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Will Users Be Stuck for RFID Labels?

With RFID mandates looming, companies will soon be placing large orders for smart labels. The big question is whether label and RFID inlay makers will be able to deliver the goods.
By Jonathan Collins
Jun 28, 2004—Ever since the U.S. Department of Defense, Wal-Mart and a host of other major retailers, including Target and Albertsons, spelled out their requirements for RFID tagging on pallets and cases, suppliers have been scrambling to meet the mandates. But suppliers aren't the only companies that have to rise to the challenge. Label makers have to prepare meet the huge spike in demand for smart labels the mandates are expected to create, while they face doubts about just how much demand there will actually be and when it will come.

In addition, the combination of a new technology and a tight deadline for its deployment has created a great deal of uncertainty. “This is a brand-new technology, merging electronics and label converting. The compressed timeline is pushing all smart-label converters and inlay providers to develop their products quickly, and the stress is great,” says Karl Hoffman, CEO and president of Plitek, a small smart-label producer based in Des Plaines, Ill. “It is going to be interesting to see how it all turns out."

An RFID label, or "smart" label, is made up of an inlay (the chip and antenna joined together on a substrate), which is sandwiched between a paper label and an adhesive layer. So far, label makers (also known as label converters) and manufacturers of RFID inlays have produced only a relatively small number of smart labels for pilot implementations. (Smart labels can used microchips that communicate with readers using EPC, ISO or proprietary protocols.)

Label makers have to predict the quantity of smart labels that suppliers to the DOD, Wal-Mart and other retailers will need and then determine the manufacturing capacity that will be required to meet that need. The rate at which Wal-Mart and other retailers expand their RFID requirements next year will have enormous implications on the demand for smart labels. Wal-Mart estimates that it receives about 1 billion pallets and cases annually from its top 100 suppliers.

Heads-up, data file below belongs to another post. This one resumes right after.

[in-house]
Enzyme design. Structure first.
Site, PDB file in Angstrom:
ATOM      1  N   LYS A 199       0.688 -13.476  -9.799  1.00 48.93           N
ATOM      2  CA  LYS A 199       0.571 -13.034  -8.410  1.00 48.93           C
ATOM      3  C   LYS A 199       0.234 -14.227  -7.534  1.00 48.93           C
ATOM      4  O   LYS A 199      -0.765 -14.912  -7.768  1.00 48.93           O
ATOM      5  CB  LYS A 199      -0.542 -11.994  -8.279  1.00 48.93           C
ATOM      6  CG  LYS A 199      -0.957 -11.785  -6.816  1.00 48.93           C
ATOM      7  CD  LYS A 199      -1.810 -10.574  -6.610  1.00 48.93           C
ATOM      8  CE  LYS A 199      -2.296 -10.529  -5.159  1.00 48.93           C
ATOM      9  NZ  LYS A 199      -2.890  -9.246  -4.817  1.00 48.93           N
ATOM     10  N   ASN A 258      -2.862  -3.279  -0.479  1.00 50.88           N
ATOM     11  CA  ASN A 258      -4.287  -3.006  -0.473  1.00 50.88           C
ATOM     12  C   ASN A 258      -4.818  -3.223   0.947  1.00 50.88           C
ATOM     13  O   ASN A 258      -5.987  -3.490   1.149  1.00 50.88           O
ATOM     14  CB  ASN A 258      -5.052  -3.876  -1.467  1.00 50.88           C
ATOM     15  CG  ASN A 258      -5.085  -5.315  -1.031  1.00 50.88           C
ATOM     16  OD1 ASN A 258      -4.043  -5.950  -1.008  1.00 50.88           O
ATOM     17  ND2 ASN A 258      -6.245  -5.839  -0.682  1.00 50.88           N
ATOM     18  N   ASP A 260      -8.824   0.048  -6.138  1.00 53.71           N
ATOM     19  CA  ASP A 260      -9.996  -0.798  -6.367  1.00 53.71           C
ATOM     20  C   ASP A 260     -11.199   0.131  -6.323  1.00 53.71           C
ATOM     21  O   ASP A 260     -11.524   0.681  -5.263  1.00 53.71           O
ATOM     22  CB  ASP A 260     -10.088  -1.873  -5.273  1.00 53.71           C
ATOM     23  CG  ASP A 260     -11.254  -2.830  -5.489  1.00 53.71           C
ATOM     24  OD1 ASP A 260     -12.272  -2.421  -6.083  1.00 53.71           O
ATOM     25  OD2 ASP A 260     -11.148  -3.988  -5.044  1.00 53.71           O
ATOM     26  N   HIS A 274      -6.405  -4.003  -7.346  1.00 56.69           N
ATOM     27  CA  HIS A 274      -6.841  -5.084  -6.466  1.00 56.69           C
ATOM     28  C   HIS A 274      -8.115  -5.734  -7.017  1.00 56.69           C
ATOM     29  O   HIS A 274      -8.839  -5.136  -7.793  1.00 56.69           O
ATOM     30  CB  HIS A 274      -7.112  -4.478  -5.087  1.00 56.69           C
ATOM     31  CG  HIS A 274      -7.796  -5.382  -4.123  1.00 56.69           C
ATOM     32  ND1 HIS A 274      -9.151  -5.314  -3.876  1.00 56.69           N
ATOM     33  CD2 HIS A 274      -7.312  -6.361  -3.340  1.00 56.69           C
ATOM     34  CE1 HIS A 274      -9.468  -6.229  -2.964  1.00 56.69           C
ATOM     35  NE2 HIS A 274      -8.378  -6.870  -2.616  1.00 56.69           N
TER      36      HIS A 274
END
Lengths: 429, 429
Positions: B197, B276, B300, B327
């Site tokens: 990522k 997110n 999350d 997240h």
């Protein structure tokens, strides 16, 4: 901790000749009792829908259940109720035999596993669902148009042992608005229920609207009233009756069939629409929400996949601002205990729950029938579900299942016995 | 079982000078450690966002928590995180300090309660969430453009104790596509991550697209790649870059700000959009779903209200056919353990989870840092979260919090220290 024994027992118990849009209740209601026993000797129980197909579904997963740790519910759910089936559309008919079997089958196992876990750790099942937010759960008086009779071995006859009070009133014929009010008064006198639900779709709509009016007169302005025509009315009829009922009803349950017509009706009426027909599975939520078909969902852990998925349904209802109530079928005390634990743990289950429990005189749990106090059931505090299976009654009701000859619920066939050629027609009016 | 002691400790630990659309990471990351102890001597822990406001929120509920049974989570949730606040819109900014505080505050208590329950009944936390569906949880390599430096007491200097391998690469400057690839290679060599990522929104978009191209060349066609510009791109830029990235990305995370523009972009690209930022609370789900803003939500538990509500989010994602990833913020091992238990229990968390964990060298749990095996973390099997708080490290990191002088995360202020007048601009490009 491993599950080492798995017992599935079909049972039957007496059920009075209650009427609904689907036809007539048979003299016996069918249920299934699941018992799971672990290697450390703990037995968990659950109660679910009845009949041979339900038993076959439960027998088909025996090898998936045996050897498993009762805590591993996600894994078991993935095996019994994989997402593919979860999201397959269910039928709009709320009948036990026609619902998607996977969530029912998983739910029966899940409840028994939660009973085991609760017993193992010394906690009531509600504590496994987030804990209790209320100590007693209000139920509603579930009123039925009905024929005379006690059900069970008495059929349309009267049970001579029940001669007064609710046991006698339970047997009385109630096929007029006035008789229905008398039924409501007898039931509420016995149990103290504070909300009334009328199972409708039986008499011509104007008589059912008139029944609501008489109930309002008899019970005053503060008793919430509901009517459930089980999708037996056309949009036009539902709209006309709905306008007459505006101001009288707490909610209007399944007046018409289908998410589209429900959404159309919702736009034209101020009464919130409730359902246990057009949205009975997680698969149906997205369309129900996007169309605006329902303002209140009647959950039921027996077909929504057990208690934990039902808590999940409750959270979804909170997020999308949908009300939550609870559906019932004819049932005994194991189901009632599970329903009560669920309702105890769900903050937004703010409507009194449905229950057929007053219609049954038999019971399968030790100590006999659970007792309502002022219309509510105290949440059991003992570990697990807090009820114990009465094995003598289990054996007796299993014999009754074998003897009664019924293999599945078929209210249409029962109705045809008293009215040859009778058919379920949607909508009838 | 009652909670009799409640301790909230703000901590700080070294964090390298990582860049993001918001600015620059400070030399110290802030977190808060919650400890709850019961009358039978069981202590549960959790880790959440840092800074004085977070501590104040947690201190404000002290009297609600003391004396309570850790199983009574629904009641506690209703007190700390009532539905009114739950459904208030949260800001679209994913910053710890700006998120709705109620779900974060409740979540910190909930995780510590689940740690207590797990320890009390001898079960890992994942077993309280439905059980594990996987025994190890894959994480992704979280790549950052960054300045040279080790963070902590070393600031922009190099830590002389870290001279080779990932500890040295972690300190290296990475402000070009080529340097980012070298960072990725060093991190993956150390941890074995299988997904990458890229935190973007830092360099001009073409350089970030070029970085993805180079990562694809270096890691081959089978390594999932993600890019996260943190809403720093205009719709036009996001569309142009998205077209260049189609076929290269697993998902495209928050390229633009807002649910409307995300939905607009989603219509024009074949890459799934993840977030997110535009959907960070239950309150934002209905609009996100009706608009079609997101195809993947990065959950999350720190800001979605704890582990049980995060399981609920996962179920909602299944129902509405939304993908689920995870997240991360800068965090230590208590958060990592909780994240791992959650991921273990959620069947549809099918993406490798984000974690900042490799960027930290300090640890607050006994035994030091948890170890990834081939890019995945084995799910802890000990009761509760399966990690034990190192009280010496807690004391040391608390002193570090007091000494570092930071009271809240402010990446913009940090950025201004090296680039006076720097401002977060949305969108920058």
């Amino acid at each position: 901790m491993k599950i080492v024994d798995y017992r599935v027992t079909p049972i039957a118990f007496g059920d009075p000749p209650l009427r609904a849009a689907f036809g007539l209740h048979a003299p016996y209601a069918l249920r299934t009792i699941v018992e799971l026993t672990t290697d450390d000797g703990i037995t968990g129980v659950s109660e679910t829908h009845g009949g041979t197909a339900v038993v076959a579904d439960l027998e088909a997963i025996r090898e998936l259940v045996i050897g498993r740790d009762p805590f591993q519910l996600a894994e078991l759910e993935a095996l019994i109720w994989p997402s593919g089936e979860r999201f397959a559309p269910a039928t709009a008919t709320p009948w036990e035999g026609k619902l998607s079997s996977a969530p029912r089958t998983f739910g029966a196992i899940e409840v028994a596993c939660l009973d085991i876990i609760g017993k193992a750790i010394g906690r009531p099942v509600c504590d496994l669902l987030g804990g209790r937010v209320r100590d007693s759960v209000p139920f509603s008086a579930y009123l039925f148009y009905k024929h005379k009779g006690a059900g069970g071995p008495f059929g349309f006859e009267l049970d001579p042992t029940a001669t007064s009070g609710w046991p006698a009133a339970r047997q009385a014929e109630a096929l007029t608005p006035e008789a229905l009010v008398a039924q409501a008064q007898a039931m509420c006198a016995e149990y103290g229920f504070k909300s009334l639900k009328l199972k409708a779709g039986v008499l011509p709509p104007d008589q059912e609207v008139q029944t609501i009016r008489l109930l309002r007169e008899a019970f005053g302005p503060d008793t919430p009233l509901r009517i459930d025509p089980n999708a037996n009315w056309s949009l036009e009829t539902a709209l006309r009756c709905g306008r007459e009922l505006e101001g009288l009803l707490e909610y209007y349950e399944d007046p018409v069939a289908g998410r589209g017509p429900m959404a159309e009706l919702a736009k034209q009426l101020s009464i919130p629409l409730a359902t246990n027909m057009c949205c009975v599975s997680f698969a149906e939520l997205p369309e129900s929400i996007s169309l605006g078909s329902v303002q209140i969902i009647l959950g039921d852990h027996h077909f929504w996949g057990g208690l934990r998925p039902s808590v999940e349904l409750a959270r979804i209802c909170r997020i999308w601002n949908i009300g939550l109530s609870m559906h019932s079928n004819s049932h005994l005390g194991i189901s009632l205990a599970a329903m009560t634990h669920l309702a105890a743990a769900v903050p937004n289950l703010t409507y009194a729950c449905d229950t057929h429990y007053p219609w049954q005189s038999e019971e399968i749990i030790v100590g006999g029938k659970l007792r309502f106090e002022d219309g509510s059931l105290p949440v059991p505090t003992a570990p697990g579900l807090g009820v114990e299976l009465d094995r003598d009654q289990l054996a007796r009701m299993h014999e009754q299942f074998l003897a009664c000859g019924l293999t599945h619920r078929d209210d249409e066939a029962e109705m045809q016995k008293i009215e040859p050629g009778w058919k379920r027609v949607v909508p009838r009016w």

Initially, the January 2005 mandate will cover only three of Wal-Mart’s 108 U.S. distribution centers and 3,000 stores, so the number of smart labels required for January will number around 900,000 labels. But by the end of 2005, Wal-Mart expects to be using EPC technology in up to 13 distribution centers and 600 Wal-Mart and Sam's Club stores, and by January 2006, Wal-Mart will require its next 200 top suppliers to begin tagging cases and pallets.

But smart-label manufacturers say that estimates of smart-label use by their Wal-Mart-supplier customers vary broadly. "We have customers that are forecasting smart-label demand next year that can range between 1.5 million to 20 million," says Mike Sanzone, RFID manufacturing manager at MPI Label Systems, a Sebring, Ohio, midsize privately held maker of smart labels and label applicators. The reason for such a wide difference, he believes, is that Wal-Mart suppliers have little insight into how quickly Wal-Mart might expand its tagging requirements to additional products and distribution centers.

For the largest smart-label manufacturers, such as Avery Dennison and Rafsec, the size of the demand for smart labels is not a concern. They know its large and they are going to crank up capacity to try to meet it. "We don't know how big the market is, and we don't care—except from a curiosity standpoint,” says Stan Drobac, vice president of RFID applications at Avery Dennison, based in Pasadena, Calif. “We know it’s really big."
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